The value of live broadcasting platforms

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I’ve been introducing quite a few people to live broadcasts from Justin.tv and Chris Pirillo at live.pirillo.com (via UStream.tv). Most people check it out and go “huh” and tell me they’re not interested in watching either of them. Some get uneasy at the idea of being broadcast live across the Internet. I can understand that. However, what I tell them to watch for is not these particular personalities, but rather what they are doing. They are live broadcasting–inexpensively, with a minimal amount of equipment, and with mobile setups.

Compare what they are doing to let’s say a live remote on CNBC. Sure CNBC’s production value is much higher, but broadcasting live on a TV network requires lots more equipment, lots more people, and lots more money.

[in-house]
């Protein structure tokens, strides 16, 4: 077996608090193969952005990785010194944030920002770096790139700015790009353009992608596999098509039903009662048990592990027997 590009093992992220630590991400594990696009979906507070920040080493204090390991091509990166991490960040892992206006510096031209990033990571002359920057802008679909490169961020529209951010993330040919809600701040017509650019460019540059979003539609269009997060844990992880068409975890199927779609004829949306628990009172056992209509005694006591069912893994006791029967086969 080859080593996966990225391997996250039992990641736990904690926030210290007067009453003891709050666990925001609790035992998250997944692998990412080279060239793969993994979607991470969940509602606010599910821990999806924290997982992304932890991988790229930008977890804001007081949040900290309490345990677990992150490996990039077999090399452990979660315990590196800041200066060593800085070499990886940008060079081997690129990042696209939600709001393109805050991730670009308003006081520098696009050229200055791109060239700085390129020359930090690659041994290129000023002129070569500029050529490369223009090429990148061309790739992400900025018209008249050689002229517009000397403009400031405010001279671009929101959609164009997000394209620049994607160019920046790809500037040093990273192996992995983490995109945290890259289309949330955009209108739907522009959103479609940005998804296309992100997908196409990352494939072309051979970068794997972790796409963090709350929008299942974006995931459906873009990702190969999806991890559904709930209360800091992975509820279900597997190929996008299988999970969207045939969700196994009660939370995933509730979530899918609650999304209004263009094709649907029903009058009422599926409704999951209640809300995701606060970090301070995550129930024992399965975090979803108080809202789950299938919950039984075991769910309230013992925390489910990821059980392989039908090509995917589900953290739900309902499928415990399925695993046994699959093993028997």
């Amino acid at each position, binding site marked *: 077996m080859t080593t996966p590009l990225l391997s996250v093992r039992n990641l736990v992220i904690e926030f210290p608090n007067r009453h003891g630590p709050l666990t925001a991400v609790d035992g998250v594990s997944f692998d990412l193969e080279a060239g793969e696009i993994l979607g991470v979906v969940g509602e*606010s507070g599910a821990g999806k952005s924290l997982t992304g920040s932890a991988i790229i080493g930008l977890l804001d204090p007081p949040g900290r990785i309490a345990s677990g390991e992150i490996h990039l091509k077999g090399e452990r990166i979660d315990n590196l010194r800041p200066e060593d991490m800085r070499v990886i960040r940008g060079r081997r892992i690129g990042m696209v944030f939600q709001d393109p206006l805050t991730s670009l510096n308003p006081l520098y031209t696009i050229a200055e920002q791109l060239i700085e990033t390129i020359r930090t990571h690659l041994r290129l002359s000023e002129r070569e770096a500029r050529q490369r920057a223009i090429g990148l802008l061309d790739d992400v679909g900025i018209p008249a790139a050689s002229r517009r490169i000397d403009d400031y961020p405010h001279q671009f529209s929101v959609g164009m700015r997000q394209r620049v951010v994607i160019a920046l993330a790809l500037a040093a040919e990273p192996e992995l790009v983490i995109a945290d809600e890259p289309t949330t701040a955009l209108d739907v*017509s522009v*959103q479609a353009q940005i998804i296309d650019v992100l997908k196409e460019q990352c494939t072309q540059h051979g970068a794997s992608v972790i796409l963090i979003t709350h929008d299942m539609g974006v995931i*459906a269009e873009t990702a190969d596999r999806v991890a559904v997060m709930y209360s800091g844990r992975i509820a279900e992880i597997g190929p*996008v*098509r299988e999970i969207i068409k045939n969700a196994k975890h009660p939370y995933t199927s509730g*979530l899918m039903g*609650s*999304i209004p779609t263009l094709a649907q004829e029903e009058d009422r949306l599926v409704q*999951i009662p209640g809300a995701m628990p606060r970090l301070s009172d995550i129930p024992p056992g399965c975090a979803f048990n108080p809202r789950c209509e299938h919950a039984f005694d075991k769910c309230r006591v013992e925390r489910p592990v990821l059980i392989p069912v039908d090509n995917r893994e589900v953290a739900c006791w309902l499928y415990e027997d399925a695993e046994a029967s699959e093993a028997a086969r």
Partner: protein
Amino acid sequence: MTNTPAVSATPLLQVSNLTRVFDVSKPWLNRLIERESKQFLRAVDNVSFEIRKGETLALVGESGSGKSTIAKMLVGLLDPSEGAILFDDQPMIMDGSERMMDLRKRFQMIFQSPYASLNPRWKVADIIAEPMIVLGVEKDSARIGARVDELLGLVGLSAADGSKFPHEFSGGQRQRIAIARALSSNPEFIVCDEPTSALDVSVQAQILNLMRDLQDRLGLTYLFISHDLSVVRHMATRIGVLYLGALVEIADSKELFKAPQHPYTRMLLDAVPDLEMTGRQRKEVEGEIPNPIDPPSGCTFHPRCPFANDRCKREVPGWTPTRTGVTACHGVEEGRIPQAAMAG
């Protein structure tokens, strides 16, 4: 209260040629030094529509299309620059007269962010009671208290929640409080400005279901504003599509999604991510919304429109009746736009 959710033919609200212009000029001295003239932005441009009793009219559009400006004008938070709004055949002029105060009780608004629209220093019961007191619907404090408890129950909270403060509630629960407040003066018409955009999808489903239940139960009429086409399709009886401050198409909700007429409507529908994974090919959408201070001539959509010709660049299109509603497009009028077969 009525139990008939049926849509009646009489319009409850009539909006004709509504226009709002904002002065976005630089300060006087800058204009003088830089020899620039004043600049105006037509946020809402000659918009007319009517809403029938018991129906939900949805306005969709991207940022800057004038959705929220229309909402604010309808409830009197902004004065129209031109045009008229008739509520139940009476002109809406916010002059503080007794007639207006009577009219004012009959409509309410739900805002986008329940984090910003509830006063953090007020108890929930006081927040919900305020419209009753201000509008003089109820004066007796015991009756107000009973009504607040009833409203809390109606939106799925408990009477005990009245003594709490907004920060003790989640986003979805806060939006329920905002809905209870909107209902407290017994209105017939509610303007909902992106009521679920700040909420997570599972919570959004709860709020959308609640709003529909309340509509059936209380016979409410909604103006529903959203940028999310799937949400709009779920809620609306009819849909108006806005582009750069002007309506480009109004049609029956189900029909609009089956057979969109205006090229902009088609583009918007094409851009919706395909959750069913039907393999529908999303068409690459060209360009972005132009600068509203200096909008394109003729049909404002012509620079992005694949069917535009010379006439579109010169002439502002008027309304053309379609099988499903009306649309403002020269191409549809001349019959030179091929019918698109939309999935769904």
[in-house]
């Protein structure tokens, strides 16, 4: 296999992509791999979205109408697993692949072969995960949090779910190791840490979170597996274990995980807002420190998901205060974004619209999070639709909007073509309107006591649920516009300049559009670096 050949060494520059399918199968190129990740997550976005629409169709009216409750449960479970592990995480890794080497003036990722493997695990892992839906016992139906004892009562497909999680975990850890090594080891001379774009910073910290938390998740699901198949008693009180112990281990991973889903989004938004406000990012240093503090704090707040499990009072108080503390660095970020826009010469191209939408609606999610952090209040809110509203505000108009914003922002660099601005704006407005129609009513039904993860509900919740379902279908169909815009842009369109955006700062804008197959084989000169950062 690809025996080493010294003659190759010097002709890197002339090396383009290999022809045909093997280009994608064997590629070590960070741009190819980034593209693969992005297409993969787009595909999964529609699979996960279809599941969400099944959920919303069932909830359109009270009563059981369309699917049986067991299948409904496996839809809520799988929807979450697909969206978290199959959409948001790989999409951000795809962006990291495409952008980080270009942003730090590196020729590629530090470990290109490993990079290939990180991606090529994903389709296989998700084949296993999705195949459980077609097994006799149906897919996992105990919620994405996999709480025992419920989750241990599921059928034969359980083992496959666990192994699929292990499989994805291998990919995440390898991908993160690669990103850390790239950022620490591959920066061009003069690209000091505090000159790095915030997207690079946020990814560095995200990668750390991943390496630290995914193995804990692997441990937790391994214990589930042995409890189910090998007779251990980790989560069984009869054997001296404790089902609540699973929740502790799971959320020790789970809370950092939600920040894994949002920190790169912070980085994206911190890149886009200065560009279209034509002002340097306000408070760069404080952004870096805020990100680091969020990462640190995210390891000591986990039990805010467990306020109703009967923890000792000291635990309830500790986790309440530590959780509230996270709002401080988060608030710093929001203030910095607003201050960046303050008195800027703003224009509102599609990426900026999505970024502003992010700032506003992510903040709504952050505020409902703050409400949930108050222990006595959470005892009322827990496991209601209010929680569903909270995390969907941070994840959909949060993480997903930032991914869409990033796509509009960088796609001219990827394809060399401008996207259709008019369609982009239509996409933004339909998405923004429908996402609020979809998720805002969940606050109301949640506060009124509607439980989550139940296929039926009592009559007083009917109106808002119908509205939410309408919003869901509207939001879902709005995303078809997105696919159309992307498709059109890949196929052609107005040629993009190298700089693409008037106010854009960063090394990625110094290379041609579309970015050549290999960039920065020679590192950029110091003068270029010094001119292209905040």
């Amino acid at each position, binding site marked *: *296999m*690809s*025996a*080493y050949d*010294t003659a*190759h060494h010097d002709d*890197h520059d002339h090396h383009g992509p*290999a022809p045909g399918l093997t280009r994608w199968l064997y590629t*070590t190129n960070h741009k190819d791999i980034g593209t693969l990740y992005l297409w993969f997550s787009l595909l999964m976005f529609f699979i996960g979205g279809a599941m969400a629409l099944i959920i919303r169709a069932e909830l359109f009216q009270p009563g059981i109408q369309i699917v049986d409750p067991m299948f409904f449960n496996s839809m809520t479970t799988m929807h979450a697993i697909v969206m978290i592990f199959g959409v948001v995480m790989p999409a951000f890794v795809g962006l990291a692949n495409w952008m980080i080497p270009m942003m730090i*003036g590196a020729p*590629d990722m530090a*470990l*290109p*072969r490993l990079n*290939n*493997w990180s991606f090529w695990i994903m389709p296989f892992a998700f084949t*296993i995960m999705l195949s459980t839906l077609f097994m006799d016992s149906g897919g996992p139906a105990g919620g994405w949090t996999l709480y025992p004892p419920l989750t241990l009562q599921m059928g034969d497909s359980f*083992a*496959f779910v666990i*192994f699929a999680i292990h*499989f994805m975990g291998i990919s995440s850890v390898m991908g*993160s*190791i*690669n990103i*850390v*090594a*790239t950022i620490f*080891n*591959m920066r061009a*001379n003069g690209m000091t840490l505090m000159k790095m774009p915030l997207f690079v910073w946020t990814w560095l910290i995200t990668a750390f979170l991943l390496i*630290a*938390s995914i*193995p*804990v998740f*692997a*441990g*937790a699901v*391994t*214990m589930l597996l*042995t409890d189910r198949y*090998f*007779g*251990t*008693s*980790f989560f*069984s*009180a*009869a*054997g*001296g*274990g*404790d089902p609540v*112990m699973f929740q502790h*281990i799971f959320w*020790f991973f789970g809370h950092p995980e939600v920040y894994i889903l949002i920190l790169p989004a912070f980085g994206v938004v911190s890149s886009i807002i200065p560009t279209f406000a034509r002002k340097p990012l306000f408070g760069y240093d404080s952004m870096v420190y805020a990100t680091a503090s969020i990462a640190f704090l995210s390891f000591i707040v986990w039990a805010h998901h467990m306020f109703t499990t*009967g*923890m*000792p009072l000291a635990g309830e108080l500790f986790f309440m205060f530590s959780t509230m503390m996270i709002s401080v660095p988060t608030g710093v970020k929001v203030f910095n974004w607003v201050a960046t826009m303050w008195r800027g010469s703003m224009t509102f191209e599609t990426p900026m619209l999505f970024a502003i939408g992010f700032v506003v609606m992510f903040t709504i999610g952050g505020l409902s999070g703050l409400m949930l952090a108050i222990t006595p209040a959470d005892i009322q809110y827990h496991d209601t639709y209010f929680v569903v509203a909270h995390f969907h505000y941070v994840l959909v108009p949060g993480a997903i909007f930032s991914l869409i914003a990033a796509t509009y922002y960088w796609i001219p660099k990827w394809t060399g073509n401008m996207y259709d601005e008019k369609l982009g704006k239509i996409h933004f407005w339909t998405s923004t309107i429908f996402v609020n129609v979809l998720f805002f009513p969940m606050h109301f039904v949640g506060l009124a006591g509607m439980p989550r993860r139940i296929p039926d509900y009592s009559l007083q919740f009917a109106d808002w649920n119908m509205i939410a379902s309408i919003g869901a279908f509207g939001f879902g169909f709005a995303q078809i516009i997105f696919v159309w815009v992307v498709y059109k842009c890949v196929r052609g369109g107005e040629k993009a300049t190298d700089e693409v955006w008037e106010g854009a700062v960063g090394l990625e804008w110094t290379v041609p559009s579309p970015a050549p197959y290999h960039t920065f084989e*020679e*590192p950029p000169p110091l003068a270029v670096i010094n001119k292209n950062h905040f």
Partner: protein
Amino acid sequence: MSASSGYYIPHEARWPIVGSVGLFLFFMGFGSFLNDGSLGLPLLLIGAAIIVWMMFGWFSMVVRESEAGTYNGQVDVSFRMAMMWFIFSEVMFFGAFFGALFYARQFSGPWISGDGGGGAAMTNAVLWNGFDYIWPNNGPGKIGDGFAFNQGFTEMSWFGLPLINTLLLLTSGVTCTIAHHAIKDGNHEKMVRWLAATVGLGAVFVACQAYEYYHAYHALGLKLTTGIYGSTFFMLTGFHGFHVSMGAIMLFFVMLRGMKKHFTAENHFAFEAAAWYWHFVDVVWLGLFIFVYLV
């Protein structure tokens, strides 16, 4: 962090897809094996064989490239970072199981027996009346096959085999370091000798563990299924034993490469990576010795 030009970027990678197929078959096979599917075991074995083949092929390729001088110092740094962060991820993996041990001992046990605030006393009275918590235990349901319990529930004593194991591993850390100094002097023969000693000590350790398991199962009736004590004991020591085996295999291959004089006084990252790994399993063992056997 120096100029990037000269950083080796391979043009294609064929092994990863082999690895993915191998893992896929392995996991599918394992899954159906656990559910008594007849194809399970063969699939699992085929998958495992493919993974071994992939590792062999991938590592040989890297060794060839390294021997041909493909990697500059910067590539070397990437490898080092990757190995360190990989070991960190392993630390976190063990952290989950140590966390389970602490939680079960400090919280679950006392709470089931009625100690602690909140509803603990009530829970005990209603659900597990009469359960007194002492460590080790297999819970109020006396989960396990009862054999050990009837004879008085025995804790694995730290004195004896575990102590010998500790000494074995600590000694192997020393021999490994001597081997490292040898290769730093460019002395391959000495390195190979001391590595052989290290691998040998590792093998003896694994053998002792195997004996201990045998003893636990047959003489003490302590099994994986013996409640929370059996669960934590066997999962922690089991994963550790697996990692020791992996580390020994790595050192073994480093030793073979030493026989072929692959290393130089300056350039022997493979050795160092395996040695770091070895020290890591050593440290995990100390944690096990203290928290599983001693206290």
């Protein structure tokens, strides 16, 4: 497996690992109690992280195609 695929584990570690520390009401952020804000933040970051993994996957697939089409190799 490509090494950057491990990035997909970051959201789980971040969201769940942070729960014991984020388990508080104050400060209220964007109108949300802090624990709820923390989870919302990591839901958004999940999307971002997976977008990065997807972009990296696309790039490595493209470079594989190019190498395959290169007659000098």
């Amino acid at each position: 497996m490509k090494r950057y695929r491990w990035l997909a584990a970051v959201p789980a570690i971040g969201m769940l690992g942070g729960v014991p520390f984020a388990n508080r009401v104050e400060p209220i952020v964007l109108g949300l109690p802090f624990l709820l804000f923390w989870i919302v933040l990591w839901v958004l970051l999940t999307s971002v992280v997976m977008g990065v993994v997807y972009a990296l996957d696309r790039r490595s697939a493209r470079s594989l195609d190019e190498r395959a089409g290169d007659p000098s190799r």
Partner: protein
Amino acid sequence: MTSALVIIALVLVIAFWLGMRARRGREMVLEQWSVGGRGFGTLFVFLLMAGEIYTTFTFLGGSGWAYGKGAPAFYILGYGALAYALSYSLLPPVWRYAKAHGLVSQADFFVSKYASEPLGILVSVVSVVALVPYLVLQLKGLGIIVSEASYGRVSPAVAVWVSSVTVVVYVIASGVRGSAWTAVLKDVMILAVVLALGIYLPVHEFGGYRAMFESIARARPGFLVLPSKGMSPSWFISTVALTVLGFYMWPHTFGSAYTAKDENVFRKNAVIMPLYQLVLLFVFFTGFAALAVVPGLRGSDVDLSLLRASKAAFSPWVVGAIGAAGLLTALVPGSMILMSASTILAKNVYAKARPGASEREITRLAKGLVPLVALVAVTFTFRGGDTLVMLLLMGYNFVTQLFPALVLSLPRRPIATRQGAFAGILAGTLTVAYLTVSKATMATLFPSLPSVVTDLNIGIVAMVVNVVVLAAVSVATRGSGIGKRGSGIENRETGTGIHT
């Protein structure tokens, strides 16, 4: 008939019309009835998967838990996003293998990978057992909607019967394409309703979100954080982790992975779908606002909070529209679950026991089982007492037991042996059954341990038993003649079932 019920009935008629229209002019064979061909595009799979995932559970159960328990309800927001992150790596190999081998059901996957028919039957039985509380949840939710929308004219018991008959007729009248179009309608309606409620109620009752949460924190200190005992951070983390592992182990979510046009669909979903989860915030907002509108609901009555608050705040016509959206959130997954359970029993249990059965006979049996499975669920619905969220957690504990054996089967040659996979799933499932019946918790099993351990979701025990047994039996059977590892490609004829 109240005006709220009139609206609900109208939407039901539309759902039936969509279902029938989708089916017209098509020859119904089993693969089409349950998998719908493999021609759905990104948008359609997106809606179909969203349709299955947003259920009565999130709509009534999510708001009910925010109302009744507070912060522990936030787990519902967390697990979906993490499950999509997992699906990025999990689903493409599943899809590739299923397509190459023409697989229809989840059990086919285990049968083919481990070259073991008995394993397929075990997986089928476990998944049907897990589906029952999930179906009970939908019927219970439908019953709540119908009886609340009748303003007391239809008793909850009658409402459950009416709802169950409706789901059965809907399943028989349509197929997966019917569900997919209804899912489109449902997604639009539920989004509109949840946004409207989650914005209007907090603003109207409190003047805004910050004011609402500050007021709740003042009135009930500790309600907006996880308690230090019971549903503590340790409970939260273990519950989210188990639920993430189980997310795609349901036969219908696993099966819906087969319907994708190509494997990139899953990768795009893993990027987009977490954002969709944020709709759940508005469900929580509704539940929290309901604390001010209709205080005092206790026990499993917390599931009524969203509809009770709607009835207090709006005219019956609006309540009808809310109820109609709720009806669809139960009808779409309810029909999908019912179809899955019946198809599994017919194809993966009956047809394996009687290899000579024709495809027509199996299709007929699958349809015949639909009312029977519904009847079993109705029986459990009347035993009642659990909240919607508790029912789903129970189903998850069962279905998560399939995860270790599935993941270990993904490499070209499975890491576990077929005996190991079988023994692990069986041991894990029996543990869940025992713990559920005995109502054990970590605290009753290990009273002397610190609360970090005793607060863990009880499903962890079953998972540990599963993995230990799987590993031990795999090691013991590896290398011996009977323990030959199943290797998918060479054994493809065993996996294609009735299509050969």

The Internet live broadcasters are bringing up the low end. Rapidly.

Take a look at Moguls.com to see how the low-end is invading the TV broadcasting metaphor too. Cue multiple cameras, recorded segments, and on and on. Create your own live or recorded TV station. Effortlessly. The advertising model that Mogulus is implementing I’m not so convinced of, but the idea here is simple and disruptive.

Justin’s personal channel may not be all that interesting, but then again the same setup can be used to give a live view from backstage at a concert, internationally broadcast a non-profit’s meetings, or share public events from a personal vantage point. At minimal cost. That’s the key. Focusing on whether the camera is broadcasting all the time, is paying attention to the wrong thing.